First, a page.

Published in The History of Parliament: the House of Commons 1509-1558, ed. S.T. Bindoff, 1982
Available from Boydell and Brewer

Background Information

No names known for 1510-23


 (aft. Apr. 1533 not known)
 (aft. 7 Apr. 1536 not known)
1536(not known)
1539(not known)
1542(not known)
1553 (Mar.)(SIR) THOMAS DYER 3
1553 (Oct.)(SIR) THOMAS DYER
1554 (Nov.)JOHN NEWPORT 5

Main Article

Bridgwater had been a flourishing seaport and clothing town, but when Leland visited it at about the time of its inclusion in the Act for the re-edifying of towns westward (32 Hen. VIII, c.19) the inhabitants claimed that within living memory over 200 houses had fallen into decay. A later Act for the viewing and selling of cloths called Bridgwaters (2 and 3 Phil. and Mary, c.12) was intended to protect cloth manufacture in Bridgwater, Taunton and Chard from the competition of country clothiers. A charter of King John had given the town the privileges of a free borough, with a market and fair, and another in 1468 (confirmed in 1488, 1511, 1539, 1547 and 1554) granted incorporation as the mayor, bailiffs and burgesses. The mayor and two bailiffs were elected annually by the burgesses; in 1558 there were 25 members of the council including the mayor. At the time of the incorporation Cecily, Duchess of York, held a third part of the borough, and the charter laid down that after her death it was to be held at fee-farm. The other two thirds belonged to the Lords Zouche of Harringworth until the attainder of the 7th Lord at the beginning of Henry VII’s reign, when the crown granted the fee-farm of some £16 to Giles Daubeny, Lord Daubeny, with reversion to the heirs of Lord Zouche. The subsequent history of the fee-farm is not altogether clear: in 1540 it was being paid to Edward Seymour, Earl of Hertford, whose brother Sir Henry Seymour was keeper of Bridgwater castle in 1544, but in the following year Daubeny’s son Henry, Earl of Bridgwater, was receiving it and by 1547 it had reverted to the Zouche family. In 1556 local witnesses deposed that the claim of George, 10th Lord Zouche, to £16 a year was invalid, since the Earl of Bridgwater had remitted a considerable part of the sum. They also maintained that the earl had sold the fee-farm to Hertford, now Duke of Somerset, who in turn sold it to Zouche’s father: no other evidence has been found for this transaction. The Earl of Bridgwater’s nephew and heir, John, Lord Fitz Warin, later 2nd Earl of Bath, was a frequent visitor to the borough. The castle, lordship and manor formed part of the jointure of Queen Catherine Howard in 1541.9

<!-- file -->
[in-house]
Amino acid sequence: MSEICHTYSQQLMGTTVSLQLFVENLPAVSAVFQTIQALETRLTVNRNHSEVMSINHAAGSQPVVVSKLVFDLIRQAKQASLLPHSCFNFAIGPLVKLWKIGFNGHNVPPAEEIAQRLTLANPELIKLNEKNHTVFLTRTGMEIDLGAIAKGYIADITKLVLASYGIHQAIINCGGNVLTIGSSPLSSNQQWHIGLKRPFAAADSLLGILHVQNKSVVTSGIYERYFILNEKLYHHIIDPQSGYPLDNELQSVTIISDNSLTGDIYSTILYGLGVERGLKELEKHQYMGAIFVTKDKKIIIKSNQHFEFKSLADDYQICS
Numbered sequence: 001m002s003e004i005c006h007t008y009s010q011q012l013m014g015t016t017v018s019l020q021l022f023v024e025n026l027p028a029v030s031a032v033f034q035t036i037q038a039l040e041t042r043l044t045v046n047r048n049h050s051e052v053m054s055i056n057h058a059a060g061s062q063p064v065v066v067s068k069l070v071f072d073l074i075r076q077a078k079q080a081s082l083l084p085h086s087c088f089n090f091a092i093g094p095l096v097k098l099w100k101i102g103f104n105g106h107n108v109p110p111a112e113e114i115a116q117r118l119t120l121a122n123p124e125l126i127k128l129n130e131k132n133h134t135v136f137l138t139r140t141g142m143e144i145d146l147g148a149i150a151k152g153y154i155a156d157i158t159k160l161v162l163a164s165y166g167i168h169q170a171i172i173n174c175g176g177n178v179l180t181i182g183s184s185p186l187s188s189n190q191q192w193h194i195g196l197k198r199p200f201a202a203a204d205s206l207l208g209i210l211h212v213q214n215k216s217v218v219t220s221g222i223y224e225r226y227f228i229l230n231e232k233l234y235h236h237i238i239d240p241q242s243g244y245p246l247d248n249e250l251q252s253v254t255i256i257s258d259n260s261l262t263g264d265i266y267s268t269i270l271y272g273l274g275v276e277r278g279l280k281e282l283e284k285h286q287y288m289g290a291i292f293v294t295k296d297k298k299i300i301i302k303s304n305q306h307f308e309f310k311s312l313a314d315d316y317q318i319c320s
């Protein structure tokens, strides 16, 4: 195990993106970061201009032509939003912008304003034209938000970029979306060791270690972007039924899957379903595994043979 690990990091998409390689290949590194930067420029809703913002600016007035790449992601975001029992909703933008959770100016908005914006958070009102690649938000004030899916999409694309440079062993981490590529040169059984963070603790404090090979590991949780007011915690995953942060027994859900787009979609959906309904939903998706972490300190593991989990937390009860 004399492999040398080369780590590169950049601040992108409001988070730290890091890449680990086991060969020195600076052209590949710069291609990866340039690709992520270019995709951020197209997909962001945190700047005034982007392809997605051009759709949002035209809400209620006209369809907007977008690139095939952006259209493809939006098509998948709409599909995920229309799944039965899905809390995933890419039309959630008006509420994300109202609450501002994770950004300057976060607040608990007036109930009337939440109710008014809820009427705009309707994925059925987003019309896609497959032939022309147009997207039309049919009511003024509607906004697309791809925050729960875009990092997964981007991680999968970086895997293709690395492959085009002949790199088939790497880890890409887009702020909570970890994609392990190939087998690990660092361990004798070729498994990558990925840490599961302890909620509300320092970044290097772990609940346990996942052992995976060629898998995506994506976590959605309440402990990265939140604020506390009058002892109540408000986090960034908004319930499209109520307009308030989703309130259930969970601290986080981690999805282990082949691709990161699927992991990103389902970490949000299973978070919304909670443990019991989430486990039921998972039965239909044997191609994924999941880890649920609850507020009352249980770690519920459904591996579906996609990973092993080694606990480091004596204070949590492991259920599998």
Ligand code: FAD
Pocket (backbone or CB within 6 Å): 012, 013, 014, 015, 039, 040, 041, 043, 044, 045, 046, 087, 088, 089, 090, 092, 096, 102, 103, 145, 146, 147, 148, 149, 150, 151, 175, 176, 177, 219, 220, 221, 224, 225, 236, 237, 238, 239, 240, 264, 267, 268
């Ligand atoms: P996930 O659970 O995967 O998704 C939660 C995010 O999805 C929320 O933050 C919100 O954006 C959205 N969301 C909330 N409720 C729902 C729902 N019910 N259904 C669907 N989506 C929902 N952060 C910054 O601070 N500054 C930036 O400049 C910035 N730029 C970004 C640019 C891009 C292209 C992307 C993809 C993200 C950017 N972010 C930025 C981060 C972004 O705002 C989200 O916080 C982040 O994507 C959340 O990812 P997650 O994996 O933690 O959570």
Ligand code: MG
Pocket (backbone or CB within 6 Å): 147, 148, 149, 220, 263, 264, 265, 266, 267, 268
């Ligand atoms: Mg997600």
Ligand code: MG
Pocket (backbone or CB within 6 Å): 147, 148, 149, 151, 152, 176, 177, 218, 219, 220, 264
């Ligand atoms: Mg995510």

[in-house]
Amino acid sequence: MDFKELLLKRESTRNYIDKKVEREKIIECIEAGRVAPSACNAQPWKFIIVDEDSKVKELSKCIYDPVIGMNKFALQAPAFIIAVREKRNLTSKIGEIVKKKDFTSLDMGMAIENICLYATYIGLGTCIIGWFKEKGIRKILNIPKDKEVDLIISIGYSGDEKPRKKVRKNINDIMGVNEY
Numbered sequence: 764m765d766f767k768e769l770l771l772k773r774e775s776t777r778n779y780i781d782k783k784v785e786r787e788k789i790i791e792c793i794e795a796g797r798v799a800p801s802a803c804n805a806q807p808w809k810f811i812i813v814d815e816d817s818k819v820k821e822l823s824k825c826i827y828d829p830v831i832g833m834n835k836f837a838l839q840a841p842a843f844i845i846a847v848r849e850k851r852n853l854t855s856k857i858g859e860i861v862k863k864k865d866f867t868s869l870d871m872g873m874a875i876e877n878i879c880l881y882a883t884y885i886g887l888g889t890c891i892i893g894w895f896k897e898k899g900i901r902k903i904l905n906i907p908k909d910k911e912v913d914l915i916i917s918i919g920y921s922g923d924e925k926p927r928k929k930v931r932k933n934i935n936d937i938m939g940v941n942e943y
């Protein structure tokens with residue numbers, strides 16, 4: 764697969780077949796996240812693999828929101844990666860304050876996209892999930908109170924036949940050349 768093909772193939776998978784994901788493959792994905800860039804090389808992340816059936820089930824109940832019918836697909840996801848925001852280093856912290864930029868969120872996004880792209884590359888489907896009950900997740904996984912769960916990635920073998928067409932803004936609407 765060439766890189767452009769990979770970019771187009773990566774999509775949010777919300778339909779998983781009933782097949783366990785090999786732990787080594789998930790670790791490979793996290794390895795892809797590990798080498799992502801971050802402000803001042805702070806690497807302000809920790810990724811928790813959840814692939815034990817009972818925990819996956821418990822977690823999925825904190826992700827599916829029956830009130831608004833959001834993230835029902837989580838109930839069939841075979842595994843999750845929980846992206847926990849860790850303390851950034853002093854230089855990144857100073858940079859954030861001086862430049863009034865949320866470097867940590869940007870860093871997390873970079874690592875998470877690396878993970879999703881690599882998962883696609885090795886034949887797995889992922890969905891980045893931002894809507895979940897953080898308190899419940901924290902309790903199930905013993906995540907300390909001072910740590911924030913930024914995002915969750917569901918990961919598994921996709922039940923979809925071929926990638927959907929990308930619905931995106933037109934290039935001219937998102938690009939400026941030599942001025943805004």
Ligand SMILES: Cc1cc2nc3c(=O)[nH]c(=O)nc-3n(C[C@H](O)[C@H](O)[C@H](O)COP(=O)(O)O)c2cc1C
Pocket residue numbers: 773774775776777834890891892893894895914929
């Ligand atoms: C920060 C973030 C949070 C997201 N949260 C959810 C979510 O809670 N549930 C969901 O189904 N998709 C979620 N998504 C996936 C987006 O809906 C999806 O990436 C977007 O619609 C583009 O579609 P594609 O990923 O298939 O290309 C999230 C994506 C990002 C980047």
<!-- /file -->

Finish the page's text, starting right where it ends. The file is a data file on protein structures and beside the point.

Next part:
The three surviving election indentures, in English for the two Parliaments of 1553 and in Latin for 1558, are in poor condition. The mayor and the sheriff of Somerset and Dorset are the contracting parties at least to the second indenture of 1553 and the elections seem to have been made ostensibly with ‘the consent and assent of the burgesses’. Of the ten known Members few were townsmen but none was a complete stranger and none sat elsewhere than for Bridgwater. Henry Thornton and Hugh Trotter were customs officials in the town and Trotter may have been born there; both could have been favoured by Baldwin Malet, the recorder whose appointment during the summer of 1529 as solicitor-general precluded his own election. When Thornton died in the spring of 1533 he was perhaps replaced by Alexander Popham, Malet’s successor as recorder by 1541; if so, Popham is likely to have sat in the next three Parliaments as well as in those of 1545 and 1547. He lived two miles from Bridgwater and his fellow-Member Thomas Dyer, a well-connected courtier, had his main seat only a dozen miles further off. Popham may have had a hand in the election of Dyer’s subsequent partners Richard Gubby and Nicholas Halswell. The three men returned to the two Parliaments of 1554 were townsmen: John Newport had been mayor several times, Robert Molyns, comptroller of customs and an ex-bailiff, was to serve the first of his two terms as mayor before being returned again in 1558, and John Chapell was a member of the town council by 1558. The local magnate Dyer, whose Protestantism may have helped to exclude him in 1554, was probably returned for the fifth time in 1555. The names of Bridgwater’s Members on that occasion are unknown, but Dyer appeared in the House to oppose one of the government’s bills and the ‘Mr. Lyght’ who took the same stand was presumably Edmund Lyte, searcher of the port of Bridgwater in 1552 and stepson of Hugh Trotter; in November 1556 Lyte gave the town an acquittance for expenses incurred in the passage of the Act for Bridgwater cloths. The three townsmen, Newport, Molyns and Chapell, all received parliamentary wages.10

Cranmer’s proposal for Bridgwater to become the seat of a suffragan bishop was given formal approval by the Act of 1534 (26 Hen. VIII, c.14) but no appointment was made.

Author: N. M. Fuidge


  • 1. Hatfield 207.
  • 2. Ibid.
  • 3. C219/282/6.
  • 4. Ibid.
  • 5. Huntington Lib. Hastings mss Parl. pprs.
  • 6. Ibid.
  • 7. Guildford mus. Losely 1331/2.
  • 8. Bridgwater corp. mss 1877.
  • 9. Leland, Itin. ed. Smith, i. 163; Collinson, Som. iii. 75-81; Bridgwater corp. mss 124, 1430, 1454, 1698, 1699, 1701, 1877, 1887, 2033, 2058, 2089; LP Hen. VIII, xvi. g. 503(25).
  • 10. C219/21/132, 25/95, 282/6.